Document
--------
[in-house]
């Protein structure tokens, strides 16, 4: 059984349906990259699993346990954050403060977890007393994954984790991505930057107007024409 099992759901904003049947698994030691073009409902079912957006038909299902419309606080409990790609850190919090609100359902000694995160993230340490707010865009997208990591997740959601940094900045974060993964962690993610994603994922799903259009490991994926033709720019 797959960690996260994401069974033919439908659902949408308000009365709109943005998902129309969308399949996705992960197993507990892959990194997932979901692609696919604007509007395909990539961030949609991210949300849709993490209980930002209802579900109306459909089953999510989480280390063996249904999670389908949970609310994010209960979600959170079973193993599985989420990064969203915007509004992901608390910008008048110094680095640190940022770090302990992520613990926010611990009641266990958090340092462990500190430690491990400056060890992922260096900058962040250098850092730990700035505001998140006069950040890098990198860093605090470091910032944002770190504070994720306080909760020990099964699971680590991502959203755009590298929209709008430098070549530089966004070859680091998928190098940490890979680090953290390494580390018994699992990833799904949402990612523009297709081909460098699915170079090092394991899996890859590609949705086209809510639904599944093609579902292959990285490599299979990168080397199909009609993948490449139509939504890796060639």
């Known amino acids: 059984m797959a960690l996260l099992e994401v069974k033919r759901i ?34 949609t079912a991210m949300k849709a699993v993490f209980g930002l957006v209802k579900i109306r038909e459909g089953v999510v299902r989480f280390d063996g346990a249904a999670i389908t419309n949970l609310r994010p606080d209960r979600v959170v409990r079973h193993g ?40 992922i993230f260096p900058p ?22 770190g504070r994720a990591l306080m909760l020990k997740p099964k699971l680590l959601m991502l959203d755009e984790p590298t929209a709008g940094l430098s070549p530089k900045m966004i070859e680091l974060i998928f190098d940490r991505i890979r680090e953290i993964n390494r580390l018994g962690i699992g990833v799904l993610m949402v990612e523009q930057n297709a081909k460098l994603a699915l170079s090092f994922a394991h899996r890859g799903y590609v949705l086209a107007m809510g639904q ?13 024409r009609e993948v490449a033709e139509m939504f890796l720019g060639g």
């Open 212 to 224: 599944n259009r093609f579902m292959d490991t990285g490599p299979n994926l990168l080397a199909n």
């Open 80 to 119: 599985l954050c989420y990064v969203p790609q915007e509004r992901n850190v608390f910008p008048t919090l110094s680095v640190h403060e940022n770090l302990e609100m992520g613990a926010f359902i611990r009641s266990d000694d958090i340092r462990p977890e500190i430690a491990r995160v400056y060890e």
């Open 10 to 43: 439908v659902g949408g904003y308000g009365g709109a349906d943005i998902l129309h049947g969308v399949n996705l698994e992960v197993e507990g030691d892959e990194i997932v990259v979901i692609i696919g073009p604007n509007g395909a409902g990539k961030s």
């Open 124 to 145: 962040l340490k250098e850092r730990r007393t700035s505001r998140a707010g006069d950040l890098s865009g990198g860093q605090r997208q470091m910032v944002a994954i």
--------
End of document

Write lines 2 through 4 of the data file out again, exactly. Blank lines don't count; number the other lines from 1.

């Protein structure tokens, strides 16, 4: 059984349906990259699993346990954050403060977890007393994954984790991505930057107007024409 099992759901904003049947698994030691073009409902079912957006038909299902419309606080409990790609850190919090609100359902000694995160993230340490707010865009997208990591997740959601940094900045974060993964962690993610994603994922799903259009490991994926033709720019 797959960690996260994401069974033919439908659902949408308000009365709109943005998902129309969308399949996705992960197993507990892959990194997932979901692609696919604007509007395909990539961030949609991210949300849709993490209980930002209802579900109306459909089953999510989480280390063996249904999670389908949970609310994010209960979600959170079973193993599985989420990064969203915007509004992901608390910008008048110094680095640190940022770090302990992520613990926010611990009641266990958090340092462990500190430690491990400056060890992922260096900058962040250098850092730990700035505001998140006069950040890098990198860093605090470091910032944002770190504070994720306080909760020990099964699971680590991502959203755009590298929209709008430098070549530089966004070859680091998928190098940490890979680090953290390494580390018994699992990833799904949402990612523009297709081909460098699915170079090092394991899996890859590609949705086209809510639904599944093609579902292959990285490599299979990168080397199909009609993948490449139509939504890796060639």
């Known amino acids: 059984m797959a960690l996260l099992e994401v069974k033919r759901i ?34 949609t079912a991210m949300k849709a699993v993490f209980g930002l957006v209802k579900i109306r038909e459909g089953v999510v299902r989480f280390d063996g346990a249904a999670i389908t419309n949970l609310r994010p606080d209960r979600v959170v409990r079973h193993g ?40 992922i993230f260096p900058p ?22 770190g504070r994720a990591l306080m909760l020990k997740p099964k699971l680590l959601m991502l959203d755009e984790p590298t929209a709008g940094l430098s070549p530089k900045m966004i070859e680091l974060i998928f190098d940490r991505i890979r680090e953290i993964n390494r580390l018994g962690i699992g990833v799904l993610m949402v990612e523009q930057n297709a081909k460098l994603a699915l170079s090092f994922a394991h899996r890859g799903y590609v949705l086209a107007m809510g639904q ?13 024409r009609e993948v490449a033709e139509m939504f890796l720019g060639g």
């Open 212 to 224: 599944n259009r093609f579902m292959d490991t990285g490599p299979n994926l990168l080397a199909n």